It's the first change to the team's primary uniform since 2007 and is introduced to a raucous gathering at a packed Ballpark Village.
Newcomer Paul Stastny is among the players on hand modeling the sweaters at Ballpark Village.
Former Chaminade teammates are officially introduced as new Blues at their old high school.
Led by Kelly Chase, a delegation of St. Louis Blues alums traveled to Slovakia this week to honor the memory of their late teammate.
Plus: Bits on the hideously bad contract the Phillies gave Ryan Howard; Cards' opportunities; and former Mizzou RB Henry Josey.
This post was originally published at The Hockey Writers - Combine.
Sometimes, the best addition for an AHL club is placed directly in its lap.
Top prospect Jaden Schwartz decided to go pro after his sophomore season at Colorado College abruptly ended after a playoff series sweep at the hands of the Michigan Tech Huskies. He jumped right into NHL action, signing an entry-level deal with the Blues two days after his team lost. He joined the team for his first NHL practice the next day and then played in his first NHL game four days later. On his first shot, Schwartz scored his first NHL goal to help the Blues beat the Tampa Bay Lightning, 3-1, on March 17, 2012.
Schwartz went on to play in seven games in 2011-12, scoring two goals and one assist for three points.
The 20 year old center will have his shot to make the Blues’ roster once training camp opens, but will face a steady line of competition. The Blues have only seen forwards Chris Porter and Jason Arnott depart from their 2011-12 roster but have also added the likes of right-winger Vladimir Tarasenko. Many tout this Russian forward as the most NHL ready forward of all the rookies looking to break into the NHL in 2012-13.
Currently, the Blues’ depth at center includes David Backes, Patrik Berglund, Vladimir Sobotka and Scott Nichol; this goes without mentioning that wingers Andy McDonald and T.J. Oshie are fully capable of switching to center ice as well. Schwartz is a very gifted forward but may have to settle with some time to develop in the AHL.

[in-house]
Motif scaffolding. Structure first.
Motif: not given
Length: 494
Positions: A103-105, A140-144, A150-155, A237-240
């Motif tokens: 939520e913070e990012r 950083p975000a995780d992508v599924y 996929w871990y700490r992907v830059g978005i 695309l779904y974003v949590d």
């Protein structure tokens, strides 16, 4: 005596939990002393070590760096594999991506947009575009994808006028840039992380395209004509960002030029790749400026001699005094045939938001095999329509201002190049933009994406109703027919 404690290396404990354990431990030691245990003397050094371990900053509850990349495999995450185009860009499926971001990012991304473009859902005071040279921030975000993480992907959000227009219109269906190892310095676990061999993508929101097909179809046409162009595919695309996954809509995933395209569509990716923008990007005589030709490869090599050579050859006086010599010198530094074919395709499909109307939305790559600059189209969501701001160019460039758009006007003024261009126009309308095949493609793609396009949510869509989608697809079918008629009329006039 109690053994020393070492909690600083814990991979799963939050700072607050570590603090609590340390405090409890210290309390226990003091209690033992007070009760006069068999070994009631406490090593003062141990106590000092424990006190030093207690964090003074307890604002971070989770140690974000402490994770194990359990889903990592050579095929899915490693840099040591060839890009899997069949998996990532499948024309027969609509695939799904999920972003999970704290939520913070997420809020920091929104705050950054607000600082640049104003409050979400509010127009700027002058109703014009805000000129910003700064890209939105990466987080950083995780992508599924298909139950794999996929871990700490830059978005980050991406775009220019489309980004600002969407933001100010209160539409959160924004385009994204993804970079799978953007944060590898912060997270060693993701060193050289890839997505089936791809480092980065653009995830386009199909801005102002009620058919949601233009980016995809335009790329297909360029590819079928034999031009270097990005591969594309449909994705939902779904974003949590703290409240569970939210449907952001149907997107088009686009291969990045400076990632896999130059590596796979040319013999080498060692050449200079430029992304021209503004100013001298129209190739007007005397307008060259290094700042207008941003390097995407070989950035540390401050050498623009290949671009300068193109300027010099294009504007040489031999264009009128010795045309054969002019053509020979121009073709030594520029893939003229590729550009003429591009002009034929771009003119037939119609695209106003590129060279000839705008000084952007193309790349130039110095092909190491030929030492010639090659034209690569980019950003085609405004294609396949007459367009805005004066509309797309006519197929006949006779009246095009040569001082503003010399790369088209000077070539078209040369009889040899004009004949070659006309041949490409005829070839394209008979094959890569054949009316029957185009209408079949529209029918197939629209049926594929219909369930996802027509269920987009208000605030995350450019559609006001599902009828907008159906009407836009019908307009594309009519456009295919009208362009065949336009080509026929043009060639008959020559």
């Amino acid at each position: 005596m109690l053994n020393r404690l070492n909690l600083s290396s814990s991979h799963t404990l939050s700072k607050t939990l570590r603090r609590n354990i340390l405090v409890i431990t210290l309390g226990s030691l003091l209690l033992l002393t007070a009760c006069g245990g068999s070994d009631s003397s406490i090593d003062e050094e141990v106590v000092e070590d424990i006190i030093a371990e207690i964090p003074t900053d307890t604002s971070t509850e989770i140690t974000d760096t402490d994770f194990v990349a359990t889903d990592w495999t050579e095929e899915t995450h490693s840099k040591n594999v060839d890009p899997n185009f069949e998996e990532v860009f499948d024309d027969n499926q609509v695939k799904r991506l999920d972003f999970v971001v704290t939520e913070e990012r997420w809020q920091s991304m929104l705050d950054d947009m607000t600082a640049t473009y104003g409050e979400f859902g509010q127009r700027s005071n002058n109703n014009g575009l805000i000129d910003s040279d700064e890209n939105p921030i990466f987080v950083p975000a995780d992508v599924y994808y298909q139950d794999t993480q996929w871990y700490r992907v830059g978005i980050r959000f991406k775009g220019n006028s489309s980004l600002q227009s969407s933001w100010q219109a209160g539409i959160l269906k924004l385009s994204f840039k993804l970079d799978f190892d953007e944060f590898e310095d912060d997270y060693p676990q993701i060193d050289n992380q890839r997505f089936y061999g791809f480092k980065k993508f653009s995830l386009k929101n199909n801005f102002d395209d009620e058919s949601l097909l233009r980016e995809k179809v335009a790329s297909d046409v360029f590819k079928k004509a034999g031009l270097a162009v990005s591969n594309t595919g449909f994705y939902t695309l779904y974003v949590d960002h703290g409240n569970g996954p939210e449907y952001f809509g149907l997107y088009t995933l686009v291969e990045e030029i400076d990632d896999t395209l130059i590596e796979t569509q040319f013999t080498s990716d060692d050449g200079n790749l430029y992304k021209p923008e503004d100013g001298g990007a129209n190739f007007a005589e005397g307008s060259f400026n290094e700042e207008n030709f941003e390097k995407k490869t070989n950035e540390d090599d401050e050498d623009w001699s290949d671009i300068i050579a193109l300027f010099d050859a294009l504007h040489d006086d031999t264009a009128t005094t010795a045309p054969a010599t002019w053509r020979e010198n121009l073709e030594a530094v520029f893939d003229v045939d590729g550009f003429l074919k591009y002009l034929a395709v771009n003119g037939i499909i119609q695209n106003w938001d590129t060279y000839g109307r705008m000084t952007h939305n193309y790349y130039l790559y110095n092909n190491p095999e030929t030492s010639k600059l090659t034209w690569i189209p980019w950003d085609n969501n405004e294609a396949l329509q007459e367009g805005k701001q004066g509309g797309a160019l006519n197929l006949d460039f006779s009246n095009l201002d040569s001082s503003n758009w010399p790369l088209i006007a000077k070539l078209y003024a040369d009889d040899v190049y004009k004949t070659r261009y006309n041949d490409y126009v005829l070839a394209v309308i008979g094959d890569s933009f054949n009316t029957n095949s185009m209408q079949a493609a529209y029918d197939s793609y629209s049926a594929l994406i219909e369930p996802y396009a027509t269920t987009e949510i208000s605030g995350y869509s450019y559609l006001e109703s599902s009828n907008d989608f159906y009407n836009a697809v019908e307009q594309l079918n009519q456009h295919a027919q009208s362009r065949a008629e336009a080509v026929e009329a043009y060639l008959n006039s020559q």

In other words, the Blues may be handing a great gift to the Peoria Rivermen organization.
A team that finished five points out of the playoffs with a 39-33-2-2 record last season, the Rivermen could benefit from a skilled center. AHL veteran center T.J. Hensick was the club’s leading scorer last season (21-49—70) but was accompanied by former NHL 50-goal scorer Jonathan Cheechoo, who has since been left unsigned (Cheechoo ranked 2nd on the team with 56 points scored). Phil McRae, 22, is a fine second line center, but he will likely be given the chance to battle for a checking line role with the Blues. If McRae is out of the mix, Adam Cracknell is a capable option up the middle but is better served on the wing.
Schwartz would fit very well in the Rivermen lineup. He is known for possessing pinpoint accuracy on every pass; something that cannot hurt a team that finished 11th in the league last season in goals-scored. If Schwartz is paired up with Derrick Nesbitt (22-33—55 in 2011-12) or Cracknell (23-26—49 in 2011-12), he could easily become one of the most dangerous centers in all of the AHL.
Taking Schwartz’s desire to play in the NHL so soon after a heartbreaking loss with his NCAA team into consideration, it is easy to see that the young man is motivated to get his game to the highest level. If Schwartz can keep moving in the right direction, Peoria will be a short stop on his way to a long career in the world’s top hockey league.
What a sweet stop it would be for the Rivermen franchise, though.